[ Editor’s note: This piece was originally written for my old Playboy.com gig, was purchased, but due (I think) to staff turnover there, was never published. I’ve attempted multiple times to buy this back from PB, because I really liked how it turned out, but never heard back from them. So… I’m reprinting it here, because it seemed appropriate for April Fools’ Day, and it was fun to write so I really wanted it so see the light of day at some point. Enjoy! ]
O. Fournier, Bond Villain Lair
When you’re standing at the bottom of the hill upon which the ultra-modern winery of O. Fournier is perched, as the base of the mountains in La Consulta, two explanations for the elaborate construction spring immediately to mind.
1) The O. Fournier building is actually an extra-terrestrial scouting ship that landed in Argentina, got sidetracked by asado barbeques, half-naked girls and soccer, thus abandoning its mission deciding to stay and make wine.
2) O. Fournier founder, Spaniard José Manuel Ortega Gil-Fournier, is actually a Bond super-villain, the Argentine winery being a front for his fiendish plans to hold the planet hostage to his whims. Clearly the huge hollow columns supporting the winery house some sort of missile silos?
It’s easier to daydream like this when you’re standing in the dusk half-light as the sun sets behind the mountains, and you’ve already had multiple asados and wine tastings that same day.
Ortega, a stout man with a slightly ominous beard and small, round glasses, looks every bit the part of potential international evil mastermind bent on world domination when he greets me at the winery. He’s impeccably polite, but slightly self-absorbed and there’s no mistaking the undercurrent of agitation he feels at me being a bit (okay, more like several hours) delayed due to my lunch asado, which means the diner asado will be even later than planned (note: do not visit Argentina if you dislike eating the equivalent of several cows’ worth of meat in a week).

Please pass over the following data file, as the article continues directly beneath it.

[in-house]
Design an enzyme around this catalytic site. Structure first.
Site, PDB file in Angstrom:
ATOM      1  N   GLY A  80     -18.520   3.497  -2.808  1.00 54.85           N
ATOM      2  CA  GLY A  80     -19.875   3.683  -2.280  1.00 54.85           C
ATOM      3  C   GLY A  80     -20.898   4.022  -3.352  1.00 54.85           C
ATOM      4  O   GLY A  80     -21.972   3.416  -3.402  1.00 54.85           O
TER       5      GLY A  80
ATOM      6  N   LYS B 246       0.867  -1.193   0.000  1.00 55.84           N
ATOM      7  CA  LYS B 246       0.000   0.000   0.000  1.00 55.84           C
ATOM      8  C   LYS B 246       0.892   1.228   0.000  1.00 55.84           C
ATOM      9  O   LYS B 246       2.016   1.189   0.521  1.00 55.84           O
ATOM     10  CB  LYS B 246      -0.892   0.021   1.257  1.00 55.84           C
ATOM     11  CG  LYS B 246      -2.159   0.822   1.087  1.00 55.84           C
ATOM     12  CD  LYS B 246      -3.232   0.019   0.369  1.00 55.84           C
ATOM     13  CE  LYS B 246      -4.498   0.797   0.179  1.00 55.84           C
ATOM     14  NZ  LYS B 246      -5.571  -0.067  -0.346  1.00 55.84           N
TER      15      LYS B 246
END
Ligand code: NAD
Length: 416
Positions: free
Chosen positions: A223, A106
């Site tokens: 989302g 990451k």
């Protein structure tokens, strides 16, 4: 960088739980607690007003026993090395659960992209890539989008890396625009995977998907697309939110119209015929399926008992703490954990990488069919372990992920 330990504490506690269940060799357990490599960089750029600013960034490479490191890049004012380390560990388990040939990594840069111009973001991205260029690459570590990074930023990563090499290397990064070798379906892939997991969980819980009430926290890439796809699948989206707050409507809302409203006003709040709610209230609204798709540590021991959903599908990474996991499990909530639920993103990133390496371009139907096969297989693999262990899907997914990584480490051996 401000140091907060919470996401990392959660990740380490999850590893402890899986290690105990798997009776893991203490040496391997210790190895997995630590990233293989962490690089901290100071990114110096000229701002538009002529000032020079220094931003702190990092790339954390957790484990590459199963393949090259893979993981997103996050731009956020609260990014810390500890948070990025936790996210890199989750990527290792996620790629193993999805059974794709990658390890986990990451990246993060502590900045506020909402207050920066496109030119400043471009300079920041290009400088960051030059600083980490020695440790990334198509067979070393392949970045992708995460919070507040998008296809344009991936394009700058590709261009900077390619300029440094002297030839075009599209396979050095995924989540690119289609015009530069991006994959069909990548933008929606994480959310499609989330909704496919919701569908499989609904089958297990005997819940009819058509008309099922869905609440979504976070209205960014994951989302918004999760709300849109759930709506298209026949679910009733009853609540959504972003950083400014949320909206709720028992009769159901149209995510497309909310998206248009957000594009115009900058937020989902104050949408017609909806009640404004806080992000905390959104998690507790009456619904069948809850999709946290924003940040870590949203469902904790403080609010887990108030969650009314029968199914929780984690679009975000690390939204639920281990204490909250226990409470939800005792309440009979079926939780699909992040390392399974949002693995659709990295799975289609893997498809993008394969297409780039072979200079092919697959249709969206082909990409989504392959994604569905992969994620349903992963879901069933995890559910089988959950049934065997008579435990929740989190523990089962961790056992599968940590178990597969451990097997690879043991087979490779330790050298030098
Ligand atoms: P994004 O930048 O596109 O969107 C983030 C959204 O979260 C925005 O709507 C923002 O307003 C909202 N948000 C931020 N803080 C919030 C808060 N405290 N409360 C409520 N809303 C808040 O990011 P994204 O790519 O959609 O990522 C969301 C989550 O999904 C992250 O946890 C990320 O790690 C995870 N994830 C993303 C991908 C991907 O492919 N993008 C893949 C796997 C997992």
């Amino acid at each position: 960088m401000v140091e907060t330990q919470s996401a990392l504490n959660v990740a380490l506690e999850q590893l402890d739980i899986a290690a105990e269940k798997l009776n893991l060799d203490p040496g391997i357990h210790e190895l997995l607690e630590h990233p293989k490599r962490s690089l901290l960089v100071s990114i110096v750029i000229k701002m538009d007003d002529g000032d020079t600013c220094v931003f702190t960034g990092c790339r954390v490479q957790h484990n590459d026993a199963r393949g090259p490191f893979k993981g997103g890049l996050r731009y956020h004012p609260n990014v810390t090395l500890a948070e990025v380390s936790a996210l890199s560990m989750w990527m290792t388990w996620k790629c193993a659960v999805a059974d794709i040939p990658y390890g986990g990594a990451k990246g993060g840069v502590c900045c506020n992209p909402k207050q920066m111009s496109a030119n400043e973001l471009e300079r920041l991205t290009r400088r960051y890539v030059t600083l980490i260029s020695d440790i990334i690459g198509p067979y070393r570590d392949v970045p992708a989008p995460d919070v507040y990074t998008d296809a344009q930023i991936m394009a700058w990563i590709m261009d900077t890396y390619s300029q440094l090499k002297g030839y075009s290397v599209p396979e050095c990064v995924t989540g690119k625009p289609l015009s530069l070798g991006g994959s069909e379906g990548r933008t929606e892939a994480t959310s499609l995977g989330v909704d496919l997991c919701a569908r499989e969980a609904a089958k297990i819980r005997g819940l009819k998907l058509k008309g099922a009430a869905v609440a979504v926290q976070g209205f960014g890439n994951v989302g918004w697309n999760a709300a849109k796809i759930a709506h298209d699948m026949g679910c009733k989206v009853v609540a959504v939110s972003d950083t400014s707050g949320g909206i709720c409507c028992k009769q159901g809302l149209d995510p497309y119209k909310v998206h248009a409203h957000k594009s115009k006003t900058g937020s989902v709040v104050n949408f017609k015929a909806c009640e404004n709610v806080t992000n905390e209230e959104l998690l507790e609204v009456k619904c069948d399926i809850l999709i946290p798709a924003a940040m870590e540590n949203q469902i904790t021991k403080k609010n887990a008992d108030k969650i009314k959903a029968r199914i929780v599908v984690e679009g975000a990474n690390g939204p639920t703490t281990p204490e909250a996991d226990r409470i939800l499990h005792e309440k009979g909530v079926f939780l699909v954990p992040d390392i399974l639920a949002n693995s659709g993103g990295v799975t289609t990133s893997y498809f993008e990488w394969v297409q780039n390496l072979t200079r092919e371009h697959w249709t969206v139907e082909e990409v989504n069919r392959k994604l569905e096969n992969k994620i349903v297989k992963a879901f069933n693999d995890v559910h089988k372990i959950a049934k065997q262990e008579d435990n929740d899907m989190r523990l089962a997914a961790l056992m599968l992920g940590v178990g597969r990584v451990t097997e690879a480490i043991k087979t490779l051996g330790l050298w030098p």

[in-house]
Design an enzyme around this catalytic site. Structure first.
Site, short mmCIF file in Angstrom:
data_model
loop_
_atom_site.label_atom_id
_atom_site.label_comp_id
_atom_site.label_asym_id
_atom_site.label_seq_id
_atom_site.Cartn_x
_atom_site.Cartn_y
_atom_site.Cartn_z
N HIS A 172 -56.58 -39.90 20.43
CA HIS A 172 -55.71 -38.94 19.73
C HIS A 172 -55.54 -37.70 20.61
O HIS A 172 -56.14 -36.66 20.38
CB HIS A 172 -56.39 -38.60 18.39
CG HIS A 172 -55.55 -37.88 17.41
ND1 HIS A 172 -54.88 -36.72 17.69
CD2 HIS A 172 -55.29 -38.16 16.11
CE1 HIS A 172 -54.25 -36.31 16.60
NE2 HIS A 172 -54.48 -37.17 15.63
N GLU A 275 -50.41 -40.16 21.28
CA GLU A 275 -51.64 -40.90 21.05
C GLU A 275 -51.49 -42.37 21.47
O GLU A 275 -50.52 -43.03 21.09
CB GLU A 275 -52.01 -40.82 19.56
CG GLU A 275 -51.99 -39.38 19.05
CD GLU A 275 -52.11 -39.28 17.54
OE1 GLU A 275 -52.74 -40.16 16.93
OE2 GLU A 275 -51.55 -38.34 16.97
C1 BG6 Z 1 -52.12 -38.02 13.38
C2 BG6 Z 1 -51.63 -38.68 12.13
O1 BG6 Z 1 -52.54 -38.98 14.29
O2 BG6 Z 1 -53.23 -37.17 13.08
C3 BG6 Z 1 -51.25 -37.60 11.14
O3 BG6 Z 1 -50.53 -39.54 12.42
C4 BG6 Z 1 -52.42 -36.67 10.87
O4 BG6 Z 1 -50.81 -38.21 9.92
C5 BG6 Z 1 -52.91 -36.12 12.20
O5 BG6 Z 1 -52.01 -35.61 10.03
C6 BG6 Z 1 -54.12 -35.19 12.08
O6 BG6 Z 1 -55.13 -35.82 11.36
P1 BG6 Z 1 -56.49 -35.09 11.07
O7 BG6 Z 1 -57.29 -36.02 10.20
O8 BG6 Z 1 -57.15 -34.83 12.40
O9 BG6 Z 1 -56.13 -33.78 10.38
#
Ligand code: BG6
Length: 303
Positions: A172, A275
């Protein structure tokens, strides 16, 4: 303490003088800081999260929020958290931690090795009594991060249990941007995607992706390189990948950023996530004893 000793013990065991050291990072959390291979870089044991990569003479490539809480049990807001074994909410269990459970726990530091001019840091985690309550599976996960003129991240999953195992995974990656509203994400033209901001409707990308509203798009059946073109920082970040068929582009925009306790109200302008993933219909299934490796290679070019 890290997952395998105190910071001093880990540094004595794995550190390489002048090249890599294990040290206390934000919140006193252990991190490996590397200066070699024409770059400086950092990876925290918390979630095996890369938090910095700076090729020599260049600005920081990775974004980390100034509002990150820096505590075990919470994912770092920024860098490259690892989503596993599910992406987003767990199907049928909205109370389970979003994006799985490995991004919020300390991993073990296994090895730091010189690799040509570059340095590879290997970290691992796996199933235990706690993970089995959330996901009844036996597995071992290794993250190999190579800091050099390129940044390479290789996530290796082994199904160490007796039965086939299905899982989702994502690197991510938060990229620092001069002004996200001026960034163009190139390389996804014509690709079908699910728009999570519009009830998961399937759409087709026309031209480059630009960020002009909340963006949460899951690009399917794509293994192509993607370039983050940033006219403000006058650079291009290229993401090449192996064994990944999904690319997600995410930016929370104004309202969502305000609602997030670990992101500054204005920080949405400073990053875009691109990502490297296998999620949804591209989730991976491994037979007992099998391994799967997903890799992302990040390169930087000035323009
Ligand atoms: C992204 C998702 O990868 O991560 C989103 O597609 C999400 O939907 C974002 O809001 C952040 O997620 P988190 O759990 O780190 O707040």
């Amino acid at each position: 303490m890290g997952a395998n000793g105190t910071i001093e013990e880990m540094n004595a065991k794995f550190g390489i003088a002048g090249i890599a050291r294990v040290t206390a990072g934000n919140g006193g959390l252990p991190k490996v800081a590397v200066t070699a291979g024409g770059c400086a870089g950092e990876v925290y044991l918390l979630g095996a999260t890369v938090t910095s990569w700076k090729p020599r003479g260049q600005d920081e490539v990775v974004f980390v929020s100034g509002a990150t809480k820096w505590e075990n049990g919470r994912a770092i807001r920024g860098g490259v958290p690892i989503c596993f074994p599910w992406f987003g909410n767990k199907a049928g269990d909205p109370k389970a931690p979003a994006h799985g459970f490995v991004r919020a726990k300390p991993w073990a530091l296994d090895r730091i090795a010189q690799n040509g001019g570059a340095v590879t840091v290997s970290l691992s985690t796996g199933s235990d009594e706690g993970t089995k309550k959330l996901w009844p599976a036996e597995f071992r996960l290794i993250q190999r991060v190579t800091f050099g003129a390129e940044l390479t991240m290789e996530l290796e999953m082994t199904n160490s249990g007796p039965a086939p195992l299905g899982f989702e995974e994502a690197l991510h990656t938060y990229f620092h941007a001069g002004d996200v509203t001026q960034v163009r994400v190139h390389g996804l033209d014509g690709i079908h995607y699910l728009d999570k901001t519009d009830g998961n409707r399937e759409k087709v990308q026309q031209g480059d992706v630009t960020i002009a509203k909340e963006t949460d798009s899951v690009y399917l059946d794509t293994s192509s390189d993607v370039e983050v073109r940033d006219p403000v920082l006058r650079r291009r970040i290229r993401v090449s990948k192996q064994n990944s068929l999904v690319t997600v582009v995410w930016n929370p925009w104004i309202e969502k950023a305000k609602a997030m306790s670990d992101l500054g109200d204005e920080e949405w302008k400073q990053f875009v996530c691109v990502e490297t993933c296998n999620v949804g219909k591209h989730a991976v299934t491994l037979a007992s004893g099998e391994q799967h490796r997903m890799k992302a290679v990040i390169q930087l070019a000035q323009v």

Ortega speaks in grand terms as we tour the O. Fournier complex. “It doesn’t make sense to talk about ‘Argentina’ wine now,” he says defiantly, “it’s too broad. The ‘New World’ of wine is old enough now.” The passion shows in his eyes when he says it; do I detect the air of malignant narcissism that could serve as back story for a Bond bad guy’s motivations? Better be careful with this guy…
Ortega’s a former bank exec who then got into winemaking, so we know that he probably had some serous cash to get the winery going. “The money-printing machine broke in 2007,” he quips, “so everyday now I check if the banks own the winery, or I own it.” Ah, more motivation? Revenge on the world’s banks? This guy’s definitely an evil mastermind. From here on out, we’re calling him Dr. O (Fournier)…
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Forthwith, I present the March 2016 wine product roundup, this time on time, but only juuuuust!
This month, I’ve got two items from the sample pool to present, one of them a bit of a miss, the other potentially a hit (in both the it-totally-works and the painful-punch-to-the-gut senses of the word, which will make more sense in a minute or two).
Dialing it up? (image: sponti.com)
In terms of the near-miss, we have Sponti’s Catalyst Ultimate Wine Server, which as far as I can discern is not yet available for purchase. The idea behind the Catalyst is a combination of wine pourer and aerator, only the aeration is adjustable thanks to a nifty little dial on the back of the pourer.
As a pourer, the Catalyst works as well as any similar in-bottle-pourer, minimizing post-pouring-action dripping. As an aerator, I get decidedly mixed results from the thing. The adjustment of the dial is easy, but I had two issues with that: 1) the lower settings seemed to do very little in terms of actually impacting the aromas and flavors of the wines on which I tried it, and 2) it’s easy to go a bit wild and end up turning the dial so far that you loosen it entirely (adding a simple plastic notch in the design might prevent this, but might complicate cleaning the unit if it prevented the dial from being removed).
It’s easy to clean, but its plastic design also feels a bit on the cheap side. I’d have to wait and see the final price, but generally speaking I think more works needs to be done to tweak this item.
Now, onto the Potent Hit portion of this month’s round-up…
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